A frustrated circus magician from Kansas is transported to a magical land called Oz, where he will have to fulfill a prophecy to become the king, and release the land from the Wicked Witches using his great (but fake) powers.
Oscar Diggs (James Franco), a small-time circus magician with dubious ethics, is hurled away from dusty Kansas to the vibrant Land of Oz. At first he thinks he's hit the jackpot-fame and fortune are his for the taking. That all changes, however, when he meets three witches, Theodora (Mila Kunis), Evanora (Rachel Weisz), and Glinda (Michelle Williams), who are not convinced he is the great wizard everyone's been expecting. Reluctantly drawn into the epic problems facing the Land of Oz and its inhabitants, Oscar must find out who is good and who is evil before it is too late. Putting his magical arts to use through illusion, ingenuity-and even a bit of wizardry-Oscar transforms himself not only into the great and powerful Wizard of Oz but into a better man as well. Written by
Walt Disney Studios Motion Pictures
During the scene when the Master Tinker (Bill Cobbs) demonstrates the image projector to Oz, they are shown wearing goggles with green lenses. This is a reference to the original novels where all the citizens of the Emerald City wear green-tinted goggles to protect their vision from the bright emeralds and jewels the city is constructed of. In reality, it is another illusion by the "great" wizard to trick Oz's citizens into believing the entire city is colored green, as a sample of his power. See more »
There's a string on Theodora's hat before and after she and Oz are at the waterfall, but it's missing while they're hiding inside the cave behind it. See more »
Front Gate Barker:
Hurry, hurry, step this way. Get your tickets now. Don't be shut out, friend. Step this way. See the most wondrous sights imaginable. pulled from the four corners of the Earth. Acts to delight, to thrill and to mystify! Walk through these gates and into the world of wonder.
See more »
The opening credits are seen in a 1930s nickelodeon, with certain credits having their own qualities:
The visual innovation can't undo the poor and cliché script.
As a lover of the original Wizard of Oz, I can proudly say that I was NOT looking forward to this movie. Almost 100 years later, the Wizard of Oz still manages to charm people, as it should. So it was practically inevitable that Disney would go ahead with the prequel to the original. Disney has its ups and downs, and nowadays it seems to be downs. This could've been a good movie...maybe. The big downfall here is the script, but we'll get to all that later. This is another one of those "free-pass" type of movies. I got a theater card for my birthday, and thus I did not have to pay. So, as little reviewers do, I'm not going to play the "is it worth your money" card. This is just a pedestrian who happened to wander into a movie theater and watch a movie. Now I'm not going to say that this movie is a complete disaster, it does have its redeeming factors, including humor, and visual effects. But I the points of the movie that are bad bring it away from me recommending it to whoever reads this or whoever I discuss the movie with. This is just a money-grabber.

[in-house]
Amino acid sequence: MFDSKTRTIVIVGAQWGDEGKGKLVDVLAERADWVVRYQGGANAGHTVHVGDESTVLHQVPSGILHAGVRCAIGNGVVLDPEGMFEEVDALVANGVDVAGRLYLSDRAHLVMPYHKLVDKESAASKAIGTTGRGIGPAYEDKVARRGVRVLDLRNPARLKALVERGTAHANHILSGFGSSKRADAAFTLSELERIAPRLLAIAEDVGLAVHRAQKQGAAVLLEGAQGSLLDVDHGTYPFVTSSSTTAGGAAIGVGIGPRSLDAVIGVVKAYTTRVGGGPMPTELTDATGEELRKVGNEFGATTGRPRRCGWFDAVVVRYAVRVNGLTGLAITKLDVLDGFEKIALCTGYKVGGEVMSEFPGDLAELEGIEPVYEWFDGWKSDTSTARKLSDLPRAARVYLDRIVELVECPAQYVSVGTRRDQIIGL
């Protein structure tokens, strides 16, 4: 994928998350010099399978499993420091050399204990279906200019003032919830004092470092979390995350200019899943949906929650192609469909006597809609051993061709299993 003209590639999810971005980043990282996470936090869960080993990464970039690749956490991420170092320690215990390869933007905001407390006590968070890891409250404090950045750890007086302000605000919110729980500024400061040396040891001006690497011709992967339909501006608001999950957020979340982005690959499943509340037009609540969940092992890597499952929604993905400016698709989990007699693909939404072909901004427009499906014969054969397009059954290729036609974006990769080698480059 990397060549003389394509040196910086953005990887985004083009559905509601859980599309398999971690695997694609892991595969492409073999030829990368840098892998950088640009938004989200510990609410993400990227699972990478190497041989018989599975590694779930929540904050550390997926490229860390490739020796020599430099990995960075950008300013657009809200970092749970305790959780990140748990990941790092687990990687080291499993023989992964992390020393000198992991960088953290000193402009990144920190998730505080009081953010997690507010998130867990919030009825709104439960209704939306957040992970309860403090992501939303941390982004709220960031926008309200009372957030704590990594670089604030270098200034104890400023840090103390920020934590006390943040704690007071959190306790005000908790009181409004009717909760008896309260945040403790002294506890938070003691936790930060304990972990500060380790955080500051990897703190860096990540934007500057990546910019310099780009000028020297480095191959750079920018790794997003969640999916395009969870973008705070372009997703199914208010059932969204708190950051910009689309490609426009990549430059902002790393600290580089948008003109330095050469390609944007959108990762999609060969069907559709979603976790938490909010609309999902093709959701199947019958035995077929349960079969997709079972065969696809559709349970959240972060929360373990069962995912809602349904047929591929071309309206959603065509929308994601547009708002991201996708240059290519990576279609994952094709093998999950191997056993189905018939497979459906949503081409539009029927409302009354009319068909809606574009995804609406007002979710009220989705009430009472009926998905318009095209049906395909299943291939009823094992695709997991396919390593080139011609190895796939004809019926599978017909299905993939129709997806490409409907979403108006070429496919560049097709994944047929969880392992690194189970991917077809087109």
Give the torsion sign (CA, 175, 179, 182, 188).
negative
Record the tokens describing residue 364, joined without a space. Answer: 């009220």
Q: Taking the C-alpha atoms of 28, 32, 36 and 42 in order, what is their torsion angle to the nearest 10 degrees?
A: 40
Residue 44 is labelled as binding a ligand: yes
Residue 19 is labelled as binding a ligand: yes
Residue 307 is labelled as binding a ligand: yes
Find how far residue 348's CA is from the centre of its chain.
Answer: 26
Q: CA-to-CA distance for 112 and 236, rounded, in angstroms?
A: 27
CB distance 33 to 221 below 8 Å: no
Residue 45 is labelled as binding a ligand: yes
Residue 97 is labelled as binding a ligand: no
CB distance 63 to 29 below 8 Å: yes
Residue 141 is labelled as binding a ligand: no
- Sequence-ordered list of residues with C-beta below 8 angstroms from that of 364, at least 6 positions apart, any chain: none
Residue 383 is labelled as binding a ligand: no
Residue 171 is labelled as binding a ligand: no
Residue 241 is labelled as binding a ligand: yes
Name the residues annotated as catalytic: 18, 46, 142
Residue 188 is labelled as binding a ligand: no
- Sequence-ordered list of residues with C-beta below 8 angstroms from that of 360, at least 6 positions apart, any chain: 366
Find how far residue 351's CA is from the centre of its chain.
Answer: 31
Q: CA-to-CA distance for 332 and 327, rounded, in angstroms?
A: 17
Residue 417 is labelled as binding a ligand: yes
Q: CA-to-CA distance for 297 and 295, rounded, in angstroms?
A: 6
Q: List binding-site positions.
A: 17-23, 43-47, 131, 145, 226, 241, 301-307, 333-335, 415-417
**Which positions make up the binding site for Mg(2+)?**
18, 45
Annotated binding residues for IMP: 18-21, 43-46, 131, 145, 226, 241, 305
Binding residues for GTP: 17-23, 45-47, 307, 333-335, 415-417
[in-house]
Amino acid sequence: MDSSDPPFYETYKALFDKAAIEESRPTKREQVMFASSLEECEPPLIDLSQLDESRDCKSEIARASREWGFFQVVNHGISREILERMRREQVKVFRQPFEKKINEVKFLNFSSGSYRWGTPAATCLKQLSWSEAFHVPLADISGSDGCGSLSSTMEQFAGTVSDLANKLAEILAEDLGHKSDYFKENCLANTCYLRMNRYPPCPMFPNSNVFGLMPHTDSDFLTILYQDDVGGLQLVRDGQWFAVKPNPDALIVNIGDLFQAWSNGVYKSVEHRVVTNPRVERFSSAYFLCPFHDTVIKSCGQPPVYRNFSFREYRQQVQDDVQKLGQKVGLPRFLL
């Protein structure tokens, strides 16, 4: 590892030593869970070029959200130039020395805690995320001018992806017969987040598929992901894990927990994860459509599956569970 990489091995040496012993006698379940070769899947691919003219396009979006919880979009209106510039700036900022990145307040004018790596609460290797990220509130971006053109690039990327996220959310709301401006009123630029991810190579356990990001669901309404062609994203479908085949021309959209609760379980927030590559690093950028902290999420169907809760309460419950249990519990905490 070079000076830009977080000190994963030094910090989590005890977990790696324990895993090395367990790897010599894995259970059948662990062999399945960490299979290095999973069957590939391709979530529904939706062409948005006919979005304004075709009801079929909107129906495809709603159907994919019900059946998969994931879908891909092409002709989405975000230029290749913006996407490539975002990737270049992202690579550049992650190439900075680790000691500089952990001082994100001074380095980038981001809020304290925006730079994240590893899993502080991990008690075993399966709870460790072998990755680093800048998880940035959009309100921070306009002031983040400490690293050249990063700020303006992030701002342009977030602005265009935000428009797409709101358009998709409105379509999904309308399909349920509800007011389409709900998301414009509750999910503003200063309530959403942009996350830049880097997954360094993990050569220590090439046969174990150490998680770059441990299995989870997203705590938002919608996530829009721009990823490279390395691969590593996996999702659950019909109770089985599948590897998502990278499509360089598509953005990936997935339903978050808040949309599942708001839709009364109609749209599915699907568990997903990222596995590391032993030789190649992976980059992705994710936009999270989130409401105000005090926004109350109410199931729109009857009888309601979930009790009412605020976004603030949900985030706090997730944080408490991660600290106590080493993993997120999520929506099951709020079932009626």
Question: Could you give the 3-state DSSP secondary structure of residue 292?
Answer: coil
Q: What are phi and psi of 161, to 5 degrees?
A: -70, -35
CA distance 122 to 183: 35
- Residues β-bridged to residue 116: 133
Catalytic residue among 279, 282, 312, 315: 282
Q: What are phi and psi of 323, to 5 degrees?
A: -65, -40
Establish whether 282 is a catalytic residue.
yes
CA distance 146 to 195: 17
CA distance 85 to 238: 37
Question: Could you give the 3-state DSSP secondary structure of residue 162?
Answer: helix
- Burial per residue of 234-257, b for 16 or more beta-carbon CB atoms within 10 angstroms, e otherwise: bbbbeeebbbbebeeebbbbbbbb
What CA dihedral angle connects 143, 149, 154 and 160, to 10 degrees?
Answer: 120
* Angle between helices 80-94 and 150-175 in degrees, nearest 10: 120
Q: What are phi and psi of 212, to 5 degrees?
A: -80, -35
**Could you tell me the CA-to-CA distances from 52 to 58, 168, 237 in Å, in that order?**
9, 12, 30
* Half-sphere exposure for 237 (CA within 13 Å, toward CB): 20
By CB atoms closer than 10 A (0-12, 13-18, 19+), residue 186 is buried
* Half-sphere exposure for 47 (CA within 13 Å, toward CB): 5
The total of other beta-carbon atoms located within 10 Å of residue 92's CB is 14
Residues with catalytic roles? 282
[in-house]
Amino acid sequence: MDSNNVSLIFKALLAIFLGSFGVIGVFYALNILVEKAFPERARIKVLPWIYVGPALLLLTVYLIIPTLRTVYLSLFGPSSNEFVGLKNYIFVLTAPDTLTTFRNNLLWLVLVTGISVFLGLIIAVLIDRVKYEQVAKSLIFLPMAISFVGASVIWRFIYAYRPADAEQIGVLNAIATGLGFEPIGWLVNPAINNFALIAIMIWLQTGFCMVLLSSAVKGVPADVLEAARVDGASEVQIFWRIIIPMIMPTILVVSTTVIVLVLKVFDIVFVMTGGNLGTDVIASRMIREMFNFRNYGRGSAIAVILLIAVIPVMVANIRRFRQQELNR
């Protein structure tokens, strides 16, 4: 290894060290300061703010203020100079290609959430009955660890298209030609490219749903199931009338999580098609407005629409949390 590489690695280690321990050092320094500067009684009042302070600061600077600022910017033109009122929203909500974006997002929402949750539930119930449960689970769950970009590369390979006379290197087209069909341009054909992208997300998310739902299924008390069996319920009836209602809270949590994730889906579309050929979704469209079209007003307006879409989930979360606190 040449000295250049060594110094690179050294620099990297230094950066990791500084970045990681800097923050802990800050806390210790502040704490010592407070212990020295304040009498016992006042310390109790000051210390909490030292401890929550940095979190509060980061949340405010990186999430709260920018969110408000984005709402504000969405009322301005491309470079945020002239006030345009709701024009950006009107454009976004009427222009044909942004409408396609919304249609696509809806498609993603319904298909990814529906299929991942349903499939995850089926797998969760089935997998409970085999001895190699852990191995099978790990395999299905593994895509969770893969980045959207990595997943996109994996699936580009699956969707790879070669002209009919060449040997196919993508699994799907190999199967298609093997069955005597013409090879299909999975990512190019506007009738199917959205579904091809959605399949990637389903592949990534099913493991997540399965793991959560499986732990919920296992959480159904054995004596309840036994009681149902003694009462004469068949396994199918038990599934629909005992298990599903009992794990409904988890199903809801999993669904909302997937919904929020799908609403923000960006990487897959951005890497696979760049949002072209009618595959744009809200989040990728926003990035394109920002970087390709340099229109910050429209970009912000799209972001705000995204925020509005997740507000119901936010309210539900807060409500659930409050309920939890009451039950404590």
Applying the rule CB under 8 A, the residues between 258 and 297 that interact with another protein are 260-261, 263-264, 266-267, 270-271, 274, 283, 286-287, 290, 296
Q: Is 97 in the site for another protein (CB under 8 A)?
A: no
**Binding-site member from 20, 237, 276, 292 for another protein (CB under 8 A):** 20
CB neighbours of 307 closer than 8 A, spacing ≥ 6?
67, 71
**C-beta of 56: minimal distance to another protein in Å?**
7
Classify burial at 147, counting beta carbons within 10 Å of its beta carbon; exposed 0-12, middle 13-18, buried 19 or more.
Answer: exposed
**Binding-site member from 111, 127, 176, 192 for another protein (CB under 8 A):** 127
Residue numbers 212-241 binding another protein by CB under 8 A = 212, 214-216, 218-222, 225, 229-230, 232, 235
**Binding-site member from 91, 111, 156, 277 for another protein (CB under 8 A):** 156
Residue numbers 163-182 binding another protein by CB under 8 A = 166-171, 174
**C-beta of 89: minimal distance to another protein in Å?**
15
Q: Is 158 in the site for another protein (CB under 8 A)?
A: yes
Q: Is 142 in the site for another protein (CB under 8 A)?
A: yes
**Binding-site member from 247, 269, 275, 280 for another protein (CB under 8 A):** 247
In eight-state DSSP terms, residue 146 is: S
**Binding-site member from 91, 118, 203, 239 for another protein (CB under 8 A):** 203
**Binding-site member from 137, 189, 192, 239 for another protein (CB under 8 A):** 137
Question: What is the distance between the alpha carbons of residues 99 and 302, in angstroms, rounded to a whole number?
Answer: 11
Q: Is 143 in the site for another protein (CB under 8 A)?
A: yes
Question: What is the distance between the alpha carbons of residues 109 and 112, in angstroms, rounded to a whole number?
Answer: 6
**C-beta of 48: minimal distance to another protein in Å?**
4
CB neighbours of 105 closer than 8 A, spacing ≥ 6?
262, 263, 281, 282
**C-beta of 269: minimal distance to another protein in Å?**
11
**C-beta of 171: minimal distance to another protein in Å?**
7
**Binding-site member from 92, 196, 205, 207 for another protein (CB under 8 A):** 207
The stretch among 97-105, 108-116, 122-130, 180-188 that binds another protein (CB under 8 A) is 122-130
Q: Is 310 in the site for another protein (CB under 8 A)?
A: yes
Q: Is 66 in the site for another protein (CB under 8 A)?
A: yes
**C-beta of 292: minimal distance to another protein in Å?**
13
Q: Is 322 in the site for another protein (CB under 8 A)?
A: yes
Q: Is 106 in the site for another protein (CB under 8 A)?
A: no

In this movie, there is a "wizard." Notice the quotations. He is a carnival wizard, so most of his acts are staged. This is how are movie begins, in the classic thin and hauntingly colorless screen from the original movie. It begins in a carnival, and this is how James Franco as the wizard is introduced. But, as it was in the original movie, disaster occurs. A tornado sweeps the wizard, or Oz, away into the wondrous land of...well, Oz. While there he is confused as a legitimate wizard from a prophecy that entails a wizard coming and saving the people of Oz from the Wicked Witch. But which witch is which? For Oz doesn't know, after he meets three different witches who put on their false appearances. Mila Kunis, Michelle Williams, and Rachel Weisz (my personal favorite actress from the movie) play the three sisters slash witches. With the help of some friends, James Franco sets out to defeat the Wicked Witch and become the respected "wizard" that the people of Oz all hope for and deserve. So what is the problem here? Oh yeah, Oz isn't a real wizard.
As I mentioned earlier, the main problem with this movie is the script. The movie is extremely cheesy. Don't take me wrong, I can take cheese in the right dosages. But this movie has it all. It's got Parmesan cheese, sliced cheese, shredded cheese, cheese blocks, Romano cheese, Mac N Cheese, Cheez-its, Cheez Nips. EVERYTHING. The dialogue is just laughable. A good percentage of the movie me and my friend were laughing at how utterly ridiculous it was. Along with that the movie is cliché. There isn't much originality, and it is quite predictable. For the book times though, it wasn't predictable and it was very original, but this is Hollywood. Mainly every card has been played one time or another, and this movie just lays out all the cards like it's a casino table. Most of the time, I was predicting what was going to happen. Those are the main issues, along with a few visual effects spikes. But the movie isn't all bad. For the most part, the visual effects were stunning and inventive. The performance of Rachel Weisz was really a redeeming factor. The movie is amusing and entertaining with its humor. But it doesn't draw you in.
Overall, this is definitely a Disney movie for kids. Kids will enjoy this, and their parents probably. The movie is for sure amusing, but it isn't a good movie. I wouldn't recommend it, I'm not going to watch it again. The script is just too predictable and clichéd to be taken seriously.
63 of 124 people found this review helpful.
Was this review helpful to you?
| Report this